'I hope the film might encourage people to communicate with the ones they love,' Vanderbilt, 92, tells EW.
Gloria Vanderbilt has been in the public eye for longer than practically anyone in the world. The heiress, artist, designer, philanthropist and beloved raconteur is now 92 years old — though you’d hardly think so from looking at or listening to her. That’s a point made by her fourth and youngest son, CNN journalist Anderson Cooper, in the documentary Nothing Left Unsaid: Gloria Vanderbilt and Anderson Cooper. Watch the exclusive trailer for the new film, above.
“She has this drive,” Cooper says in the trailer, “and that drive makes it impossible to have a calm existence.”
As chronicled with care and imagination in the new HBO film by Oscar-nominated director Liz Garbus (What Happened, Miss Simone?), Vanderbilt was born into one of America’s richest and most powerful families. In 1934, at the age of 10, she was the subject of a highly publicized child custody trial, and she later went on to gain much attention for her modeling and acting — and her affairs (with Frank Sinatra, among others) and four marriages. Her husbands included Fantastia composer Leopold Stokowski (he was 63; she was 20), famed director Sidney Lumet, and writer Wyatt Cooper, father of Anderson.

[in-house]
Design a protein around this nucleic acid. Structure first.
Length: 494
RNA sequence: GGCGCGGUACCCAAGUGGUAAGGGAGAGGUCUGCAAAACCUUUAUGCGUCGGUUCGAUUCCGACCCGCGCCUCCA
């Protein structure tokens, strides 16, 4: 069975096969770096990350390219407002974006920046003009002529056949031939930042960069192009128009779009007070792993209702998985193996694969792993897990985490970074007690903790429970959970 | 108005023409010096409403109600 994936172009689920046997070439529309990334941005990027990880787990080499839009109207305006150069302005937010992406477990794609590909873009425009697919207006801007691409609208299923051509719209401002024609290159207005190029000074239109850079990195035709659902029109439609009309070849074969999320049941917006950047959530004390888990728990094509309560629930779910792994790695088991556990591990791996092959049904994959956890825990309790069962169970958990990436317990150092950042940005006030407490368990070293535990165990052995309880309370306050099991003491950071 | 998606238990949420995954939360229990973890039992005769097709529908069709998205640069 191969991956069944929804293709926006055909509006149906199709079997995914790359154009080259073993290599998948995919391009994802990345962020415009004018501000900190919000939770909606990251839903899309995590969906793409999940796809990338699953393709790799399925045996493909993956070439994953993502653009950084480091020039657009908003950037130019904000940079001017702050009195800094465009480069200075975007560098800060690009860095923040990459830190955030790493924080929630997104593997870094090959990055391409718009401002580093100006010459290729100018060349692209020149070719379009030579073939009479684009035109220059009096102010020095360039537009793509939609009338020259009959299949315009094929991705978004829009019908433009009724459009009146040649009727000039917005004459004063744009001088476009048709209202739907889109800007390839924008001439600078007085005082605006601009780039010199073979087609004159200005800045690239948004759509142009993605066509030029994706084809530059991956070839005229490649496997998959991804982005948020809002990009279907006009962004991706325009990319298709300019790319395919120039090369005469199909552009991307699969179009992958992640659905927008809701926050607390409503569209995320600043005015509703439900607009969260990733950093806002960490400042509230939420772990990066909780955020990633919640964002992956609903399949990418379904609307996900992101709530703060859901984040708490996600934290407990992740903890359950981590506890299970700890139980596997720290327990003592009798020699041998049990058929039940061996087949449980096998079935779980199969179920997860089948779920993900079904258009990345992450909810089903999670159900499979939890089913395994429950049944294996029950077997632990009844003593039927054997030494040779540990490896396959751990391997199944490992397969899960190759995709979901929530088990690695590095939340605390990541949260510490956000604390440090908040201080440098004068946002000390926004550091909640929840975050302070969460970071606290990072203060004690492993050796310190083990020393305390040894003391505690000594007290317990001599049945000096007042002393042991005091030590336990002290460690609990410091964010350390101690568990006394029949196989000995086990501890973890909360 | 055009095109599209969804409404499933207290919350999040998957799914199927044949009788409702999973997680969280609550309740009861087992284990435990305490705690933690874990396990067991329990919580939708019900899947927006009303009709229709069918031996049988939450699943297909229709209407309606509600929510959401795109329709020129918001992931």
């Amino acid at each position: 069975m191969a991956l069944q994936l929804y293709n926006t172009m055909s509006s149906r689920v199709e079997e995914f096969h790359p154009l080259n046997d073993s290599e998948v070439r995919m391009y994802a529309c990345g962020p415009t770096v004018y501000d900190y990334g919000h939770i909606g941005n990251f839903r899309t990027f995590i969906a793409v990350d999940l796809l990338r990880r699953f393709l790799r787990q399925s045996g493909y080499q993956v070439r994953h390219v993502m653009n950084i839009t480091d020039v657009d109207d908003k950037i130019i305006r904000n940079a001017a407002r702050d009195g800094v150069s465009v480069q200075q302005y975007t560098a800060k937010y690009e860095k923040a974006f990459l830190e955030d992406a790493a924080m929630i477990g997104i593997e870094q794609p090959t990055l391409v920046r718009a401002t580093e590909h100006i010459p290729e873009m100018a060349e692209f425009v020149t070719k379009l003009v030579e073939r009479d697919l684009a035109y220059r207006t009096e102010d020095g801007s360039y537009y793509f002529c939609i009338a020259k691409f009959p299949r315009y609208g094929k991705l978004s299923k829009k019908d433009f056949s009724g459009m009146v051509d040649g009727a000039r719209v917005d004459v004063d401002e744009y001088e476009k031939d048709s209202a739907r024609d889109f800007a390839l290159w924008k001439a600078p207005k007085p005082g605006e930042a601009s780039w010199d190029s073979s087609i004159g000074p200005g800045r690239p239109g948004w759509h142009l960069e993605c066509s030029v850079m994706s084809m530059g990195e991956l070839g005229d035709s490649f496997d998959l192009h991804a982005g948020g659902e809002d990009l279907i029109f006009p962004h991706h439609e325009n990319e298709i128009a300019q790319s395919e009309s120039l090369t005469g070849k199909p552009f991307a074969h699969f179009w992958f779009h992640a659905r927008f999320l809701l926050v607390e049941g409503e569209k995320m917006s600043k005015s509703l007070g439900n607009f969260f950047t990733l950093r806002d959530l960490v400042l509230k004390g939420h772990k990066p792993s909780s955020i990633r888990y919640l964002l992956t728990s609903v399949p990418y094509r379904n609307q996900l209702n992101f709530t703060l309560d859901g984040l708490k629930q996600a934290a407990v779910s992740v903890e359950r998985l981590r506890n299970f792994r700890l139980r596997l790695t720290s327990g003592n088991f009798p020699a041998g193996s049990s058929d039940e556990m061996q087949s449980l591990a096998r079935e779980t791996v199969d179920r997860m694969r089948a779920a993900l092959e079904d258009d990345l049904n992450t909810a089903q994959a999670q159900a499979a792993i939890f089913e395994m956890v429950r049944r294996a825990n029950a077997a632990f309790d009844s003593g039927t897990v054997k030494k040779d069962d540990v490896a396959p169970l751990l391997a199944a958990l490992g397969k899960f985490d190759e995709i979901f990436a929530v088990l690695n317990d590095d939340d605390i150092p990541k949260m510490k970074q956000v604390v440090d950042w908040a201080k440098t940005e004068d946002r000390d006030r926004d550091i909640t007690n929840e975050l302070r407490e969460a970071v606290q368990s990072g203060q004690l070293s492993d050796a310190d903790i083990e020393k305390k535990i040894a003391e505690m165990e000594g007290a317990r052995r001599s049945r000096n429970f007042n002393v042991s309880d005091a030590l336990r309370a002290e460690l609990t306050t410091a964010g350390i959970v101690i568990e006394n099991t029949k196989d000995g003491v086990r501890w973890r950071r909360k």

“Me and my dad, we always used to go down to see his family in Mississippi,” Cooper tells EW. “So I felt more connection there, much more to the Cooper side than the Vanderbilt side.”
The documentary, which features sparkling archival footage as well as many contemporary scenes of mother and son in lively conversation, is an attempt by Cooper to explore his Vanderbilt side — via his mother’s extraordinary life — and to ask his mother anything he’s ever wanted to know, including about the tragedies of her life. (The film reaches a haunting apotheosis in its last third, which focuses on the 1988 suicide of Cooper’s older brother.)
Dredging up the past is not something that frightens Vanderbilt, though perhaps it once did. In fact, she wholeheartedly endorses the talking cure.
“I hope the film might encourage people to communicate with the ones they love,” she tells EW. “And to do it without getting too sidetracked by anger or fear, but to really feel safe and open so that you’re not blocked. I think that may take time and age, but the sooner you can do it the better. It’s life changing and changes the way you see the world.”
Nothing Left Unsaid: Gloria Vanderbilt and Anderson Cooper premieres on HBO on April 9. (It also will air on Cooper’s home turf, CNN, on April 29.) And Vanderbilt and Cooper have a book of epistolary emails, called The Rainbow Comes and Goes, which is being released by HarperCollins on April 5.